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A version of this article originally appeared in the Sports Nutrition Innovation digital issue of Natural Products Insider.
Evolving health trends continue to influence consumption patterns within nearly every food and beverage category. One of the biggest testaments to this is the explosive popularity of performance energy drinks. This emerging beverage segment provides manufacturers with new opportunities to expand but also poses a threat to well-established categories, particularly sports drinks.
In the short to mid-term, the COVID-19 pandemic will lead to stagnating growth of performance energy due to shifting consumer habits. Sports drinks are expected to outperform previous estimates as immediate health concerns lead consumers to seek out hydration benefits. Looking ahead, performance energy sales are expected to return to growth as the U.S. begins to recover, while sports drinks will continue to grow past previous expectations.
Performance energy is a fast-emerging segment within the overall category. Energy drinks include added ingredients, such as B vitamins, taurine, L-carnitine and guarana, that serve as an additional boost to the already-high caffeine content. Performance energy drinks combine aspects of energy drinks, sports drinks and workout supplements. These beverages contain creatine, BCAAs, zero sugar and upwards of 300mg of caffeine—nearly twice the levels of most energy drinks.
Category leader Bang was one of the earliest market entrants. In early 2018, Bang began expanding retail distribution, mainly through convenience stores, to reach a wider consumer base. Not long after, the performance energy segment exploded in popularity. In 2019, Bang overtook Rockstar to become the third-largest energy drink brand in the U.S., according to Euromonitor International.
Bang’s unprecedented performance and new entrants are driving rapid segment growth, further expanding the broader energy drinks category. As of 2019, the segment had an 11% share of total energy drink sales in the U.S., totaling more than $1.6 billion, according to Euromonitor International.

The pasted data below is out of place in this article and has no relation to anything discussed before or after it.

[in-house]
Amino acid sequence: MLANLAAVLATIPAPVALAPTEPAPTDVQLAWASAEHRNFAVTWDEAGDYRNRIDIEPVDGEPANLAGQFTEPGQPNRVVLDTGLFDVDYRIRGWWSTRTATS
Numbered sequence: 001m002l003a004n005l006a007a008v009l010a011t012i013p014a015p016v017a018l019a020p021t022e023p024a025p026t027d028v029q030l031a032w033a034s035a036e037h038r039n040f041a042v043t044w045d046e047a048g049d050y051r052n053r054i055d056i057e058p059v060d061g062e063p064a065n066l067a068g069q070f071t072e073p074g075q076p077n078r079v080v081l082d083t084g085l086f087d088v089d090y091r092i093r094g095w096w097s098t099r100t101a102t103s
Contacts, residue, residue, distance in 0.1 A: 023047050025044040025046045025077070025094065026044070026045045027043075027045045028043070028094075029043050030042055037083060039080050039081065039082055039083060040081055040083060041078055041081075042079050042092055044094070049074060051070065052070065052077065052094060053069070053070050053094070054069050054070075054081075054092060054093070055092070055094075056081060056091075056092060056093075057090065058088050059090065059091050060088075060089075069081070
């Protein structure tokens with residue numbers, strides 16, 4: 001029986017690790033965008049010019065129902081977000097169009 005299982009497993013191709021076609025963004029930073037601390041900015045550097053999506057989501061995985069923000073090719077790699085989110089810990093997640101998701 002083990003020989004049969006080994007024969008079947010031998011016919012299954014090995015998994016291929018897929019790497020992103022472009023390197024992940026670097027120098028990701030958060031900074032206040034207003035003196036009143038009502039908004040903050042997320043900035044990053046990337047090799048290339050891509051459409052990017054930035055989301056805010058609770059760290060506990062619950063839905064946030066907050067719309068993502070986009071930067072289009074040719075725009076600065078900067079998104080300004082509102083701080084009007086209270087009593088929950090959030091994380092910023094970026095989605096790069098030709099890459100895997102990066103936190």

Source: Euromonitor International
Note: “Performance energy” is not an official category tracked by Euromonitor International. Figures are estimates based on Euromonitor International data.
Sports drinks also expand amid growing health and fitness trend
Sales growth of energy drinks has outpaced sports drinks in the U.S. since 2017, according to Euromonitor International. Now, performance energy brands are direct competitors to sports drinks. Though also benefiting from the growing fitness culture, sports drinks have been unable to keep up due to comparatively limited functionality. Smaller brands boasting high-protein content or natural ingredients are slowly moving the category away from artificial ingredients toward expanded functionality, making them better positioned to compete with performance energy drinks.
Sports drinks manufacturers are looking to the reduced-sugar segment to expand. Until recently, reduced-sugar sports drinks were lagging. One reason is that artificial sweeteners are facing wide consumer skepticism. Reduced-sugar sports drinks were also viewed as less effective at hydrating since electrolytes are produced from salt and sugar. In 2019, however, the segment saw a turnaround, generating retail value sales of $750.9 million and retail volume sales of 540.5 million liters in the U.S., according to Euromonitor International.
Short- and long-term impacts of COVID-19 on sports and energy drinks
Foodservice closures, an economic recession and rapid changes in consumer behavior left many soft drinks categories unevenly affected. Though sports and performance energy drinks appeal to the same consumers, sports drinks are now being looked to for general hydration, which is giving the category a boost.
In addition to bottled water, sports drinks will also remain on a growth trajectory. Based on Euromonitor International estimates, sales are expected to spike in 2020 and remain above forecasted growth through 2024.
Energy drinks, including performance energy, are expected to stagnate this year. However, as the economy recovers and safety restrictions are lifted, the category is expected to also rebound, albeit not completely. Growth will return as Americans fall back into fitness routines, and performance energy will continue to be a driving segment.